Recalling a Hurricane, a Decade Later

by admin | September 24, 2015 6:22 pm

The two hurricanes struck three weeks apart a decade ago. Hurricane Katrina devastated a large swath of New Orleans and the surrounding area, of course, after making landfall Aug. 29, 2005. Thousands of people either fled or were evacuated. Many ended up in Lufkin, where I lived at the time and published the paper. The evacuees filled the civic center, local churches and other spaces. Local folks did their best to make them welcome and meet their needs. Three weeks later, Hurricane Rita made landfall near Sabine Pass and headed up the Texas-Louisiana border, the fourth-most intense Atlantic hurricane in history.

Most predictions had Rita coming through Southeast Texas and into Lufkin, which is two hours north of Houston. Tens of thousands of people left Houston and the Golden Triangle, fearing the storm would sweep through there. They headed north, choking Highways 59 and 69, both of which bisect the city. By the time Rita swept through Lufkin in the early morning hours of Saturday, Sept. 24, the town’s population of 35,000 had swelled to more than 100,000.

Soon, the city began to resemble a post-apocalyptic world. Long lines formed as gas pumps, soon were sucked dry. We had stockpiled about 50 gallons of fuel in 10-gallon cans to help our employees get home, and for carriers. The shelves of the local Walmart were plucked clean of water and other beverages. Traffic snarled the loop and the town’s main thoroughfare. People were setting up camp in city parks as the designated centers filled up.

As the storm approached, we began trying to figure out how to get out a newspaper ahead of the storm. We ended up publishing a combined weekend edition early Friday evening so that carriers could choose to deliver the papers before the storm, or wait until it had passed. Most rural carriers wisely opted to wait, though as it turned out that meant many country roads became impassable because of felled trees.

When the winds picked up, and the oak trees in my backyard creaked ominously, I decided to ride out the storm down the street at the newspaper office, along with several coworkers. The building that houses the Lufkin Daily News is solid brick with narrow windows that afforded a view out without undue risk. In the darkness, we watched and waited.

The last time I rode out a hurricane was in 1960, when Hurricane Donna swept through. I was 5 and still remember the large tree in the front yard of our Allenstown, N.H. home bending toward the ground. Wind and rain lashed the windows. I don’t recall being particularly frightened, mainly fascinated by the storm’s fury. Forty-five years later, especially after the destruction Katrina wrought only weeks earlier, I was plenty worried.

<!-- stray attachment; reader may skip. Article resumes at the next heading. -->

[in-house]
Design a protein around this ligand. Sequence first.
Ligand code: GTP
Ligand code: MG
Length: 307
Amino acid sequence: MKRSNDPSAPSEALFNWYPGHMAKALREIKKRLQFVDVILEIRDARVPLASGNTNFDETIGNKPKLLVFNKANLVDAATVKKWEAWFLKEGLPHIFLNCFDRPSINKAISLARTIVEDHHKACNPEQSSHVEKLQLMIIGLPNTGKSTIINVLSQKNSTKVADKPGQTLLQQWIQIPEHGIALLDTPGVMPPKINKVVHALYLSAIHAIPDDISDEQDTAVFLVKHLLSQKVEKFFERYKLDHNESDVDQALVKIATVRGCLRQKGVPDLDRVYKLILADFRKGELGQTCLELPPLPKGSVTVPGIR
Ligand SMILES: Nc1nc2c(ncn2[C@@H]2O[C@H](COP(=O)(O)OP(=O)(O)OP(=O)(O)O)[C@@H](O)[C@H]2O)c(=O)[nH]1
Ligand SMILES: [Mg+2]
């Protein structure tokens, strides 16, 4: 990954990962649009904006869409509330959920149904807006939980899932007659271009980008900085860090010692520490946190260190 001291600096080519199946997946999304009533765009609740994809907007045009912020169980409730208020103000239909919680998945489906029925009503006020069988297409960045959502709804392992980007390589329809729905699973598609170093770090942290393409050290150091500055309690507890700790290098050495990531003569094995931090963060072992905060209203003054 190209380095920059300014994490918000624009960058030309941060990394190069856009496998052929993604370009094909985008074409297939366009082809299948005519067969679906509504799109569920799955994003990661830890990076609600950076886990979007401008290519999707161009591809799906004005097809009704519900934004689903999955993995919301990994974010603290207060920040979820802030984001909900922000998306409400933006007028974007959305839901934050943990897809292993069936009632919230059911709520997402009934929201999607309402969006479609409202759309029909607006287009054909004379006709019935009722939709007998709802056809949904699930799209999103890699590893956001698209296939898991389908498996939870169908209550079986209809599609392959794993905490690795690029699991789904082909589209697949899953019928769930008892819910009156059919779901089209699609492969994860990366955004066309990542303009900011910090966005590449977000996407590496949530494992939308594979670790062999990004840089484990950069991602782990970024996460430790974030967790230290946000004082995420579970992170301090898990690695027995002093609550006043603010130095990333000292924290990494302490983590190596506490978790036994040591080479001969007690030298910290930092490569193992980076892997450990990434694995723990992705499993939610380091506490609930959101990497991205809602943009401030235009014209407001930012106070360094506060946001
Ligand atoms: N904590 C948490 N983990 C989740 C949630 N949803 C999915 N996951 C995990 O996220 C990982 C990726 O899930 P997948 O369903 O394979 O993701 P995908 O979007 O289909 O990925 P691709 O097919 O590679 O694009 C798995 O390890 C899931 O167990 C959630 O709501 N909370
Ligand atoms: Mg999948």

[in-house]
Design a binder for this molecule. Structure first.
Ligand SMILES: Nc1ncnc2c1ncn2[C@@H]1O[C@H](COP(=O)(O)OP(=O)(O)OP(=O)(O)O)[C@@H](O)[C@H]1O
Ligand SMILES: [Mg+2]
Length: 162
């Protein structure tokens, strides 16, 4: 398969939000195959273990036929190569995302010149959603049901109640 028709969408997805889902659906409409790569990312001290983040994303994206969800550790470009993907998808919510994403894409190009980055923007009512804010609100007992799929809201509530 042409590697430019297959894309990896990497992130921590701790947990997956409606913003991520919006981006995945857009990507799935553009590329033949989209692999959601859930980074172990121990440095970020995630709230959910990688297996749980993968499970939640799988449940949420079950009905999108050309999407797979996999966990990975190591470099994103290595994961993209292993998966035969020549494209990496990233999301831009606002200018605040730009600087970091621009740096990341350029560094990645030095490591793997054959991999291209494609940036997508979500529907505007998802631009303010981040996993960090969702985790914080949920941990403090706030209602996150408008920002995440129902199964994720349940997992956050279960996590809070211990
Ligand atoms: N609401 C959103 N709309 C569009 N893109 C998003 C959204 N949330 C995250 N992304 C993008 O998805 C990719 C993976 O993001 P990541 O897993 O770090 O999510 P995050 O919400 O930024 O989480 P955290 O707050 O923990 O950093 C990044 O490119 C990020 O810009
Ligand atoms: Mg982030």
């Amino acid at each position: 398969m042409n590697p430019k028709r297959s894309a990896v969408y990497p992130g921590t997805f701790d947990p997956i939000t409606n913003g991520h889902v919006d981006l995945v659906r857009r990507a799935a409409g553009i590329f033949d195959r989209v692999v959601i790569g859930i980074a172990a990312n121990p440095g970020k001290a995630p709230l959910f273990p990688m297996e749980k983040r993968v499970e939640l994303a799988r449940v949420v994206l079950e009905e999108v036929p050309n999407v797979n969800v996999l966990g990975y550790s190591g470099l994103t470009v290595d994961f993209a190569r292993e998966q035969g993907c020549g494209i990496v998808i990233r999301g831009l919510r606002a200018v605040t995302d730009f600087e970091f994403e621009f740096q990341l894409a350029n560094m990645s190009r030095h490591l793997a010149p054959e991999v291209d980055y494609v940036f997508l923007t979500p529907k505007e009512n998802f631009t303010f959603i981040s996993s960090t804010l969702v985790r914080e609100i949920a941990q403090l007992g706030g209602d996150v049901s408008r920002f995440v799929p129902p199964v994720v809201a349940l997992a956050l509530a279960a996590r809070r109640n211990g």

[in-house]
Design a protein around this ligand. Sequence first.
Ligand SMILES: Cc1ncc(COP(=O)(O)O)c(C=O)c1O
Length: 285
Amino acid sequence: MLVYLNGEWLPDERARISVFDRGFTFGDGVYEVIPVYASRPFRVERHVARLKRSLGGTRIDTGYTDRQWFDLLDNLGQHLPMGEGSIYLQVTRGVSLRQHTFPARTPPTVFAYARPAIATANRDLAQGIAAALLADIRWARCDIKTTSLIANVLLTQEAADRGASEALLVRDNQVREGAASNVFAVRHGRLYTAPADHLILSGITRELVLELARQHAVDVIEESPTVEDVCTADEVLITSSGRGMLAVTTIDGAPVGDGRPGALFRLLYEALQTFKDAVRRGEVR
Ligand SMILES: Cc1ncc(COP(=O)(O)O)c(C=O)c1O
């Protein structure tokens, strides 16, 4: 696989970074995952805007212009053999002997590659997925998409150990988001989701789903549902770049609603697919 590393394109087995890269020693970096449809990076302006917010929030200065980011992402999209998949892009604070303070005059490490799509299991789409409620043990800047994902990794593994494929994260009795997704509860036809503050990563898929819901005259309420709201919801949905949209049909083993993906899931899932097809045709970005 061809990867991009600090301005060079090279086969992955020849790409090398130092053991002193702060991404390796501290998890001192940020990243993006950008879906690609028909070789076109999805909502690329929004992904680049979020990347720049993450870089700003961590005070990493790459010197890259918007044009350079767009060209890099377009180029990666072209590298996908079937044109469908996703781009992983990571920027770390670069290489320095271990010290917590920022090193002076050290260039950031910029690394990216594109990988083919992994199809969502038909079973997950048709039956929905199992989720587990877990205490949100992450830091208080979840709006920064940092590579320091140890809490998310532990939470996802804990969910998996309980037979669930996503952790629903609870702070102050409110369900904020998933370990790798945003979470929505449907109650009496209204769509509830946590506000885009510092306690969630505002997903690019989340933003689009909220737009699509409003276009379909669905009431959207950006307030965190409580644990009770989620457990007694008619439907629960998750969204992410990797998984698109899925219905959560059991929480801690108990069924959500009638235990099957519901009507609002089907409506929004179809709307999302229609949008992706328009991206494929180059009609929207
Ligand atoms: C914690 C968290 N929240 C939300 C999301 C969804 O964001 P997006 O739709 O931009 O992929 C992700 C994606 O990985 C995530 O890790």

The newspaper office is on the west side of the railroad tracks. As the wind picked up, the crossing arms started bouncing up and down, causing the signal lights and bells to flash and chime erratically. Utility poles swayed impossibly low without snapping. The power went off, of course. At one point, a few of us picked our way through the dark corridors to the mailroom, where a door opened out to the loading dock. We decided to go out on the dock and feel the storm’s power.

This turned out to be a lousy idea. We struggled to keep from being blown off the dock and to get back into the building, lock the door. Riding out a hurricane sounds like a grand adventure until you actually do it. It is actually rather scary, even when one is safely ensconced in a sturdy building.

Rita left Lufkin after a few hours, headed north where it would finally play out as a rainy, windy mess on the Great Lakes. I headed home to see what was left of my house.

I was undeservedly lucky. A few wheelbarrow loads of tree limbs littered the lawn, but that was it. And, after several hours, somehow the power returned. My neighbors across the street were without juice for five days. Elsewhere, hundreds of thousands of folks remained without electricity for days on end.

Later that day, as the sun reappeared and the temperatures reached into the 90s, the circulation manager and I took the company van out loaded with newspapers. We headed down Highway 69, stopping in Huntington and then Zavalla. Everywhere, folks who had fled from Houston and points south were parked in church lots, at closed convenience stores and along the road. We gave away copies of the paper while I took photos of the damage, which was considerable the further south we went.

Slowly the town returned to “normal.” Tankers brought loads of gas to town. Eighteen-wheelers arrived with supplies to refill store shelves. Most of the evacuees, many from Houston, which escaped Rita’s wrath, headed home. Some Katrina evacuees stayed and became members of the community.

Residents began the process of picking up the pieces. For months blue tarps covered damaged rooftops. My neighbors got their power restored and quit glaring at me.



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